Zinc was also promoted as a guard against severe COVID-19, but experts at the National Institutes for Health say the evidence is insufficient to support its use as a treatment.

It won’t prevent a viral or bacterial infection, says Jarrod Dudakov, an immunologist at the Fred Hutch Cancer Research Center. If someone wants to take zinc supplements for a short time, it’s unlikely to be harmful, he says, but whether it’ll be beneficial is unclear. That’s because people who generally have a good diet get plenty of zinc from meat and seafood, as well as smaller amounts from sources like beans, lentils, nuts, seeds, and whole grains. However, zinc supplementation could be beneficial for people with a zinc deficiency, particularly the elderly and individuals with a poor diet, Dudakov says.

The daily dietary allowance for zinc is 11 milligrams for men and eight milligrams for women who are not pregnant. The NIH recommends against exceeding those doses. Research suggests that excess zinc intake, especially for prolonged periods, can lead to copper deficiencies that can cause neurological and blood-related problems. High intakes can also cause nausea, vomiting, and headaches.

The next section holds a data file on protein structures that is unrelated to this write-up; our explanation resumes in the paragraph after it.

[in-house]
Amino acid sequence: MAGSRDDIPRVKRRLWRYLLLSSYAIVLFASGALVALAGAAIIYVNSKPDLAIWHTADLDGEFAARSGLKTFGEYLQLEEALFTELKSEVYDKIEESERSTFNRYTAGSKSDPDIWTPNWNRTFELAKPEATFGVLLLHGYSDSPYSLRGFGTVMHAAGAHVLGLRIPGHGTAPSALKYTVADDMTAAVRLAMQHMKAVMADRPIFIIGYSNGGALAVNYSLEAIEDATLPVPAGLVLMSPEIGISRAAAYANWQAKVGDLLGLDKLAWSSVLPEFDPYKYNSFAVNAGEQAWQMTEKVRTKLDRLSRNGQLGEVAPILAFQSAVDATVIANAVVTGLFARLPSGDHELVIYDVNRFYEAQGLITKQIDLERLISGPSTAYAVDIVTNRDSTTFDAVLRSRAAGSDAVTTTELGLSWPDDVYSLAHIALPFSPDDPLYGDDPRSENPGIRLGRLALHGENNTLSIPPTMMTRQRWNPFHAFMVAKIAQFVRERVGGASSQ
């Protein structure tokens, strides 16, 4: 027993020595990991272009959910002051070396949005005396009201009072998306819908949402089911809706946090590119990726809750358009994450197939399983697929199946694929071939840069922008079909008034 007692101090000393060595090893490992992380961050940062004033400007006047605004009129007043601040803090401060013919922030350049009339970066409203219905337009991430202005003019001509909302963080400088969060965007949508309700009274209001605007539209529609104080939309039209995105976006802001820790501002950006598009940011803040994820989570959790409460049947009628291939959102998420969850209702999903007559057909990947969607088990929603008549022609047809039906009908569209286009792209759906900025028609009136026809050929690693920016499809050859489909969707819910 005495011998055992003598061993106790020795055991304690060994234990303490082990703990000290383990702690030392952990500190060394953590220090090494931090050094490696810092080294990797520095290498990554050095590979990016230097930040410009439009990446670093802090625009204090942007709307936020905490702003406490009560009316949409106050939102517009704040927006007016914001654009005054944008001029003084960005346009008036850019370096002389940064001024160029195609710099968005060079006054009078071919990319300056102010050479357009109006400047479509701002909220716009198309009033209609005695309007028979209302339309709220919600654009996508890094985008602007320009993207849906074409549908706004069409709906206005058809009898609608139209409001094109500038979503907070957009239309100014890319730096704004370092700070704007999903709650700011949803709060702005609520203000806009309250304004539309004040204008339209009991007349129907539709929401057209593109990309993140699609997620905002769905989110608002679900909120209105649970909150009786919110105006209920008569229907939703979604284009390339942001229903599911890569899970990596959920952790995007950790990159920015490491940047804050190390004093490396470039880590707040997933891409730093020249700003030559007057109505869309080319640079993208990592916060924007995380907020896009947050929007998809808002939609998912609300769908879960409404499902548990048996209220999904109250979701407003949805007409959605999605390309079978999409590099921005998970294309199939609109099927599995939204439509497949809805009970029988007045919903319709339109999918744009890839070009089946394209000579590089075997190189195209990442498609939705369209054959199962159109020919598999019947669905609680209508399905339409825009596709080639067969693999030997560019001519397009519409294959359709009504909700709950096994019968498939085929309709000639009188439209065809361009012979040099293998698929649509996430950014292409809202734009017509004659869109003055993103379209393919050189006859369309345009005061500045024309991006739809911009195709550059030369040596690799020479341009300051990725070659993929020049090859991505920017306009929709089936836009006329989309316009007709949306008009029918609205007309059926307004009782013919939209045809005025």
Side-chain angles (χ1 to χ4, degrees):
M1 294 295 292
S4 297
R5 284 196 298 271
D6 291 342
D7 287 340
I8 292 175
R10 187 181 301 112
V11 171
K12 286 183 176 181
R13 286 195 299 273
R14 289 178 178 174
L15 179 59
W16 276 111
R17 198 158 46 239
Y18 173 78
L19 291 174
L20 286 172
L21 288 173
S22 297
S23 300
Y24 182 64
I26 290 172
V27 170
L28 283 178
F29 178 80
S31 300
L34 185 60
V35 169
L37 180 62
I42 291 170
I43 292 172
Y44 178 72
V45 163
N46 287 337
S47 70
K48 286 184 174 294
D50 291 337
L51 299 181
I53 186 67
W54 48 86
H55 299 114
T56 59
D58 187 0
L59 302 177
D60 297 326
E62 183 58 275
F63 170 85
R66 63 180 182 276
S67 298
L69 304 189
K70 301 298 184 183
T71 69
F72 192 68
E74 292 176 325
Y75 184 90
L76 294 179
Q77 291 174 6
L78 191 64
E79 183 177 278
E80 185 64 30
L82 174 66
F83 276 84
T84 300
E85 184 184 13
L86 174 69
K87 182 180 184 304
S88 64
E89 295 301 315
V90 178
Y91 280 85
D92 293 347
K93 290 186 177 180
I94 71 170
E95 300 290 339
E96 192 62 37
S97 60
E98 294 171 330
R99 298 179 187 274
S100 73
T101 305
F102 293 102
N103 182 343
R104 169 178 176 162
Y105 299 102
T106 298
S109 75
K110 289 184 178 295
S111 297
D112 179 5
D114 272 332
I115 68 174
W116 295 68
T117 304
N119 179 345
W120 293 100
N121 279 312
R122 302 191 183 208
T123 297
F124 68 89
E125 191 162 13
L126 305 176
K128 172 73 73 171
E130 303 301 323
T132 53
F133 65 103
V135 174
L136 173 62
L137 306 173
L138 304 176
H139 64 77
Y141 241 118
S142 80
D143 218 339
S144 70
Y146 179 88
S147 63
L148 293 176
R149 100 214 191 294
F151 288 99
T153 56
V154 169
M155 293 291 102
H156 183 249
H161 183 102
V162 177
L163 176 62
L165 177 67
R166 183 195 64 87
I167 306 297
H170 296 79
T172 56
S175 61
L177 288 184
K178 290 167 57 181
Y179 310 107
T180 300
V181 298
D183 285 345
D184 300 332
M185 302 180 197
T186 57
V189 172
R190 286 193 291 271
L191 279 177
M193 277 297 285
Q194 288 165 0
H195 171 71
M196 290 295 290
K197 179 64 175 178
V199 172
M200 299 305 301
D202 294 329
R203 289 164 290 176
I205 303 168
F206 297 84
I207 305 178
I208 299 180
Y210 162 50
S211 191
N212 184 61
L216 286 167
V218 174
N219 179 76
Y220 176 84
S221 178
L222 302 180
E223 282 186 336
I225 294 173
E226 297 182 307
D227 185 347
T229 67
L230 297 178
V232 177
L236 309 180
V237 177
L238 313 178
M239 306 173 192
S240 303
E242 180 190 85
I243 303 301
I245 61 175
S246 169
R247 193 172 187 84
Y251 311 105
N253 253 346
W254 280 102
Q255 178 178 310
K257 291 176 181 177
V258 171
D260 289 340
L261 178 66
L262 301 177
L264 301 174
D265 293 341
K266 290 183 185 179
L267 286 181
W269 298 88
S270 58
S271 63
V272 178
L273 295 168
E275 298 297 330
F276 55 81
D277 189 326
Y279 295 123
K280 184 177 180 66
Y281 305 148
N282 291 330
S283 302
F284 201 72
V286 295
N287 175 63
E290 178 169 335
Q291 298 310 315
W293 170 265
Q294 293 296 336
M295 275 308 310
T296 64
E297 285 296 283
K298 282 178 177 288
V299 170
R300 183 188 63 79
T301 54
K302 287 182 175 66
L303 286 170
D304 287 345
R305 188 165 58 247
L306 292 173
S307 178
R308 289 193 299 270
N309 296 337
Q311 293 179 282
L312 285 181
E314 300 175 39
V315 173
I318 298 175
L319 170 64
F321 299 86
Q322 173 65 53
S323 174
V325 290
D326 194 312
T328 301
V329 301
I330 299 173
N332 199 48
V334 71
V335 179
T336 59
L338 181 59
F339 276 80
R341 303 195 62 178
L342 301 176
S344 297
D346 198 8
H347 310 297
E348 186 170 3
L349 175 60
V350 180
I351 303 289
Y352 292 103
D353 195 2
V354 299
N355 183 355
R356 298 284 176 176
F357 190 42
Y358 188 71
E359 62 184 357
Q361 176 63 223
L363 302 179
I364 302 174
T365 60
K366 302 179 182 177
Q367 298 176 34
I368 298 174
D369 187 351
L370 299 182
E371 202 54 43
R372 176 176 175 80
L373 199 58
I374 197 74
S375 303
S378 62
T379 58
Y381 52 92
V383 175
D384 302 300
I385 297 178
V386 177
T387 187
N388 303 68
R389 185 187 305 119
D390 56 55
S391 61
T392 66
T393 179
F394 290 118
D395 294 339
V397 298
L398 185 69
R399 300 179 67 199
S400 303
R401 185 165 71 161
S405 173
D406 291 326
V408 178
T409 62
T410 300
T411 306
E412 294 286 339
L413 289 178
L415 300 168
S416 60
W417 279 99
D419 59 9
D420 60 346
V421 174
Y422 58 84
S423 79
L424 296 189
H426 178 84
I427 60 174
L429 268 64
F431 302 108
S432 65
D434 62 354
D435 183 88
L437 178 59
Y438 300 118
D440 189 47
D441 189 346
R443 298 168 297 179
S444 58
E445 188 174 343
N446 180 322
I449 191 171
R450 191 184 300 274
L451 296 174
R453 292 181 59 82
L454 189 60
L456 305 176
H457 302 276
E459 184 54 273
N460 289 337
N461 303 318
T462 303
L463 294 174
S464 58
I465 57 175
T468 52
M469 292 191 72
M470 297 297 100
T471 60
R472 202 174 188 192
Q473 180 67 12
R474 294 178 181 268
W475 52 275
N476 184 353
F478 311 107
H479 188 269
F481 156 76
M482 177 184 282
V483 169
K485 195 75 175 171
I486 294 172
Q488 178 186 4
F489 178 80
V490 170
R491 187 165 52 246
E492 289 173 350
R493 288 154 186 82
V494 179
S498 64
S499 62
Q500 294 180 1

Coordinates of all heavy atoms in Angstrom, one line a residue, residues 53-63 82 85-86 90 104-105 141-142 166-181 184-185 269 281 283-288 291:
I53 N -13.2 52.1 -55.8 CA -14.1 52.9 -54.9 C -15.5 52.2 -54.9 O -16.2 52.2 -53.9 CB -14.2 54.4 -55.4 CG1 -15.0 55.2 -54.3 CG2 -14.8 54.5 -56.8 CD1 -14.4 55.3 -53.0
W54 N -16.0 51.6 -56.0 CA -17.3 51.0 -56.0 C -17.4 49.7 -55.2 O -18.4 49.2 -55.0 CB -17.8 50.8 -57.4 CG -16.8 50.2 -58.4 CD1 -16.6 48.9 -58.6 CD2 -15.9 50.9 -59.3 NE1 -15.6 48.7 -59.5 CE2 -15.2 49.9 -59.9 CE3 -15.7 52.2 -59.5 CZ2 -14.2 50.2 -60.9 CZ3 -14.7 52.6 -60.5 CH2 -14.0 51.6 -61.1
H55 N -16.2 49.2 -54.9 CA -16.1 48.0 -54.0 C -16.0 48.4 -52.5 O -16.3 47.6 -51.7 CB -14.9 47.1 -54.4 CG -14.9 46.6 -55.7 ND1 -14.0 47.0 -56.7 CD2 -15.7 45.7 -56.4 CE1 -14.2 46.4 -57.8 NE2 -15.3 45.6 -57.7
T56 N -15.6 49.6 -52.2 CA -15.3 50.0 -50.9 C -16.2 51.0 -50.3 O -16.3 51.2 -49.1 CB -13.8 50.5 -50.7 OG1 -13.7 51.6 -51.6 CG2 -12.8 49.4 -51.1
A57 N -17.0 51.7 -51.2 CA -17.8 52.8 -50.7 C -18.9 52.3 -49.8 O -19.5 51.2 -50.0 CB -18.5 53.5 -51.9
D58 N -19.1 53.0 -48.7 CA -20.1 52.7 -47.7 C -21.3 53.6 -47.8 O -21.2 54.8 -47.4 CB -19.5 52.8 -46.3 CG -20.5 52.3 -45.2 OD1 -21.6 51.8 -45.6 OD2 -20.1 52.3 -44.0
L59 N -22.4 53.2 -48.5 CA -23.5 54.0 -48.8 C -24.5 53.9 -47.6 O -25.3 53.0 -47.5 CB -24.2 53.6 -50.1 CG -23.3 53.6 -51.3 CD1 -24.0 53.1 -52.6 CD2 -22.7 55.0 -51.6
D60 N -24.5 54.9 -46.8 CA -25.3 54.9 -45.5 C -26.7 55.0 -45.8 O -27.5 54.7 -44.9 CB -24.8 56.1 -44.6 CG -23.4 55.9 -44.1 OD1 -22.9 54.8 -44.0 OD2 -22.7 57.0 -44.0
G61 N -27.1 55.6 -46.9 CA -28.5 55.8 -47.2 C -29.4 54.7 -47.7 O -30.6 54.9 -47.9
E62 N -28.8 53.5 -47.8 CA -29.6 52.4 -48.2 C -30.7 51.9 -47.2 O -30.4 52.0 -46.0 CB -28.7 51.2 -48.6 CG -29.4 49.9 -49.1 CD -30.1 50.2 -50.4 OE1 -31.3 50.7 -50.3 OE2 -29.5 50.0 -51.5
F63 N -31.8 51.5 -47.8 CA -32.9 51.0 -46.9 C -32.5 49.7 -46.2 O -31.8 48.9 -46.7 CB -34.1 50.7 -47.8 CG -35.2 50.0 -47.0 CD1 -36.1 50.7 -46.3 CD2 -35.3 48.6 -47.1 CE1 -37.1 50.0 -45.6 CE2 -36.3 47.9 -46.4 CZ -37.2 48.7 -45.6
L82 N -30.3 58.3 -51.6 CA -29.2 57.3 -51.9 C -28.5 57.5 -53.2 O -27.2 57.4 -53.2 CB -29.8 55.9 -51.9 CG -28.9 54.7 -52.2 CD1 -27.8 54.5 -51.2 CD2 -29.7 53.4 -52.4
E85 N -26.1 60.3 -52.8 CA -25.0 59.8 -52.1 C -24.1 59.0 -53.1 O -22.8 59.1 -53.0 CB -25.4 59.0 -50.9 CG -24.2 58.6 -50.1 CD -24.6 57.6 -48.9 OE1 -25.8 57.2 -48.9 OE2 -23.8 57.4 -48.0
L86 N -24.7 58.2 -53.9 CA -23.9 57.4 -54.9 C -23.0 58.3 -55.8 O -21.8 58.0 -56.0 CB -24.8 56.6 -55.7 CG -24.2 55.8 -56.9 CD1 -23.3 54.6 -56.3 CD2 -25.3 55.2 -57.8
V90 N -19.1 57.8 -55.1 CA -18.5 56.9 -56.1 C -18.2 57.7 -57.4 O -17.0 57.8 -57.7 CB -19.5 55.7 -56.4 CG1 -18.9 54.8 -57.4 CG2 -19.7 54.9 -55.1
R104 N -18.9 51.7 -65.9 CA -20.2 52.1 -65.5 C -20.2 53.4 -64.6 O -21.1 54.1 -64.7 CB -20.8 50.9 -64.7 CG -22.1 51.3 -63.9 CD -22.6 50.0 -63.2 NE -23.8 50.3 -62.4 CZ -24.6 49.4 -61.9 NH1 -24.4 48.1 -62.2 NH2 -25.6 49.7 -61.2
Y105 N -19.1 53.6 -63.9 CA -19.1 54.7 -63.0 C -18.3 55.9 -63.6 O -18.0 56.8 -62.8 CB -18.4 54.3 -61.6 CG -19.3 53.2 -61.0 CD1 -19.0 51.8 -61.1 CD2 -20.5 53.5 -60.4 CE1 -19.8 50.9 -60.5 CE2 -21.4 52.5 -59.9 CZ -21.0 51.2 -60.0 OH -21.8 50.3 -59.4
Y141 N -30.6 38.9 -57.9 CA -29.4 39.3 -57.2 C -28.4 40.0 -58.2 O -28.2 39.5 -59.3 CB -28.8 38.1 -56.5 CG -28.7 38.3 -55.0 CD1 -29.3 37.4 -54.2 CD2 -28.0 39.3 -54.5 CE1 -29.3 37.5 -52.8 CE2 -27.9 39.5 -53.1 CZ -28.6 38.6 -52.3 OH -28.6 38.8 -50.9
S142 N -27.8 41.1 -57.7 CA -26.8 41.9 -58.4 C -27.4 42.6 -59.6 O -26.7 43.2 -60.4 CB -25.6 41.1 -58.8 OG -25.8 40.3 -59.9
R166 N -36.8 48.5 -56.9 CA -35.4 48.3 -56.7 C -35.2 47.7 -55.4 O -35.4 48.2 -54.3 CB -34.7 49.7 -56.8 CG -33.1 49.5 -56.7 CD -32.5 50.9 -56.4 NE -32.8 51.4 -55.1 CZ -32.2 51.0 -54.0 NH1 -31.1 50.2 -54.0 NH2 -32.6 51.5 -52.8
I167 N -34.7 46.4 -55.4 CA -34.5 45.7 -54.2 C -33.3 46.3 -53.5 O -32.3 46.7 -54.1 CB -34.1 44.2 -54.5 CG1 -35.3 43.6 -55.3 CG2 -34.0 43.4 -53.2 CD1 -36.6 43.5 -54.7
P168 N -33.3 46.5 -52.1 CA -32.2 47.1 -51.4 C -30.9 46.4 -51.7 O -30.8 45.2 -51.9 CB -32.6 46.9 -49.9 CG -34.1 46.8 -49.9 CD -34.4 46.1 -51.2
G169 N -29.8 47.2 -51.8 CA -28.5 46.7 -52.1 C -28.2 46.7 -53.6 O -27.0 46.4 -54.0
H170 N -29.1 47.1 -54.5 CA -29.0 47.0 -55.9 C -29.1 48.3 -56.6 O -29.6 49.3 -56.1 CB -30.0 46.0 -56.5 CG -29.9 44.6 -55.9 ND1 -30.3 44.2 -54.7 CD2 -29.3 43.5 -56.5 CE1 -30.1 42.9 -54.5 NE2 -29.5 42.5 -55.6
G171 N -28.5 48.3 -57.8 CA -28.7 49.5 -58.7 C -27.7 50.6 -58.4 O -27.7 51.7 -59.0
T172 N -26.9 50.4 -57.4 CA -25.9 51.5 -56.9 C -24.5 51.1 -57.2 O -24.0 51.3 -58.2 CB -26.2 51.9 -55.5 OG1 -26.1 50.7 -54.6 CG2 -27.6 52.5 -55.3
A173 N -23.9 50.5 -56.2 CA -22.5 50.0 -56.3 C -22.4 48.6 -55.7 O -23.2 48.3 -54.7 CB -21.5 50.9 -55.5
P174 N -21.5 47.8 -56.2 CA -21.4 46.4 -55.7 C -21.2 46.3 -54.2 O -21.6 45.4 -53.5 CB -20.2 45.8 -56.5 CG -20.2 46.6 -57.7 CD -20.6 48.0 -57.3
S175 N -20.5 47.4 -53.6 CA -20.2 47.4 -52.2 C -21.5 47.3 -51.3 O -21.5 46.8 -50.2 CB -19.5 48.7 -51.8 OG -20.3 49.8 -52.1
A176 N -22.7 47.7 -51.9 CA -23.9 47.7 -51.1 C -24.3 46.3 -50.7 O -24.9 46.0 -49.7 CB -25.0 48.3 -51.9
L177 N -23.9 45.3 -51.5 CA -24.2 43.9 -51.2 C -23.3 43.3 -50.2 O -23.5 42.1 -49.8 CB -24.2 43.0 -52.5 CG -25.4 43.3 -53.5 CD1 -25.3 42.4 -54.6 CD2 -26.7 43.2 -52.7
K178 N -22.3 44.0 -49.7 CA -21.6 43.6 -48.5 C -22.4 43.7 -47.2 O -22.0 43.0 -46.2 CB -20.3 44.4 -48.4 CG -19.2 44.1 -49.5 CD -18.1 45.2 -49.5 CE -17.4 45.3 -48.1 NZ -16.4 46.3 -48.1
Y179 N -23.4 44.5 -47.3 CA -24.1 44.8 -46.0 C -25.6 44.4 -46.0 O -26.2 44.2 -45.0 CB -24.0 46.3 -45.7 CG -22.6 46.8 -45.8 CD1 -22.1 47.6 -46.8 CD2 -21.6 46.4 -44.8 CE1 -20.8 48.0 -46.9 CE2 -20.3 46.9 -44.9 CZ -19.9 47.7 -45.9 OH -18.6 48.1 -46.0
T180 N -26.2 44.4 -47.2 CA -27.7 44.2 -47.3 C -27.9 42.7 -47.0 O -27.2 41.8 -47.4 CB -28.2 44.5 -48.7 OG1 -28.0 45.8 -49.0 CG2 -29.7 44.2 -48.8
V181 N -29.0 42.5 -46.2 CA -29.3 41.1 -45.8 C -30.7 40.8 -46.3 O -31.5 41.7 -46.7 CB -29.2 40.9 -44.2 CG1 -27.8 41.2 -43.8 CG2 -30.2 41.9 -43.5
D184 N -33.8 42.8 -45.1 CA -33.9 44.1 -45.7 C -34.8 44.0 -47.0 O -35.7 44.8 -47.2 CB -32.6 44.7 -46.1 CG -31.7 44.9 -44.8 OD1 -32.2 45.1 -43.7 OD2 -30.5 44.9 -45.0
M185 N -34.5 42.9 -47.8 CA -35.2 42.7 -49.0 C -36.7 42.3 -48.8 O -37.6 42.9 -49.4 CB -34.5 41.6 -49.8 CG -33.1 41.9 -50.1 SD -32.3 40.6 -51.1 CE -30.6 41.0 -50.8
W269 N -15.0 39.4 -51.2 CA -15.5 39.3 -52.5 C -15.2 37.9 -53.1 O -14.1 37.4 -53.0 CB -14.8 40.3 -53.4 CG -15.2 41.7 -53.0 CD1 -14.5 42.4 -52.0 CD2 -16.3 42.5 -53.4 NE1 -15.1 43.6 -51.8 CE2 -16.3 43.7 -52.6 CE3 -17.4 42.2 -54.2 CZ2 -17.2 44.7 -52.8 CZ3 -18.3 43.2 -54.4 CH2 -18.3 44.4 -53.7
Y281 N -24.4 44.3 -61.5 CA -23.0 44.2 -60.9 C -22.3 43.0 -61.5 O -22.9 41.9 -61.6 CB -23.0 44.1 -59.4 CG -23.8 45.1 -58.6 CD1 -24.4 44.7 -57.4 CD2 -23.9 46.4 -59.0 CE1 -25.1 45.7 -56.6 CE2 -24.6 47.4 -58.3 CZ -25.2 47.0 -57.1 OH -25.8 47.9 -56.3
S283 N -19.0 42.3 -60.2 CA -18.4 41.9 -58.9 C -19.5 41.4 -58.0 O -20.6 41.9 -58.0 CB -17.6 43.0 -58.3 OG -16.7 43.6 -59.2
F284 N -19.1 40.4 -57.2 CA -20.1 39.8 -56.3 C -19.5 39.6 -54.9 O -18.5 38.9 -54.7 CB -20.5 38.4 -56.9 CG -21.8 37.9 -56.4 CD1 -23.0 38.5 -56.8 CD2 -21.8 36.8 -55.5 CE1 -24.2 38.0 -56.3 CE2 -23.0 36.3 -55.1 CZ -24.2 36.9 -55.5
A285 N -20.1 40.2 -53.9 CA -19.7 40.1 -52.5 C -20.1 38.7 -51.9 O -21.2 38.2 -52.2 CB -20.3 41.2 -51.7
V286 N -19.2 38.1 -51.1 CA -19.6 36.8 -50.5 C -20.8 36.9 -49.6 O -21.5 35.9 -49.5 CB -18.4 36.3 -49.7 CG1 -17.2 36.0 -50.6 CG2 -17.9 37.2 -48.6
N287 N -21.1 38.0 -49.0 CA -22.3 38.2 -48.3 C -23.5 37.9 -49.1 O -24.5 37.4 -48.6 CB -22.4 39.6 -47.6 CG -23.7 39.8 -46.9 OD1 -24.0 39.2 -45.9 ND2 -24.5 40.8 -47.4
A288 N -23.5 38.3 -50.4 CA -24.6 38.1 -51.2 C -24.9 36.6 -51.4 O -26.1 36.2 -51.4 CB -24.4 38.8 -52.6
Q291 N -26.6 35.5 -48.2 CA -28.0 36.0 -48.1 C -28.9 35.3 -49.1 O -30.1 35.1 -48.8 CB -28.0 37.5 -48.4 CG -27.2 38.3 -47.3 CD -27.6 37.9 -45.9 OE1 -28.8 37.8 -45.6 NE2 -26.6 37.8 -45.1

Vitamin C

Like zinc, vitamin C also plays an important role in keeping our immune system healthy. It stimulates the migration of white blood cells known as neutrophils that help the body fight infections. The nutrient also supports other white blood cells called macrophages that kill and ingest pathogens and clear dead host cells, thus reducing inflammation.

Although several animal studies have indicated that vitamin C can prevent or alleviate bacterial and viral infections, it doesn’t reduce the incidence of common colds in human populations. However, like zinc, vitamin C did shorten the duration of symptoms.

In the case of COVID-19 infections, the NIH says there’s insufficient evidence to support using vitamin C for treating patients. But some studies indicate it has the potential to reduce inflammation in critically ill COVID-19 patients.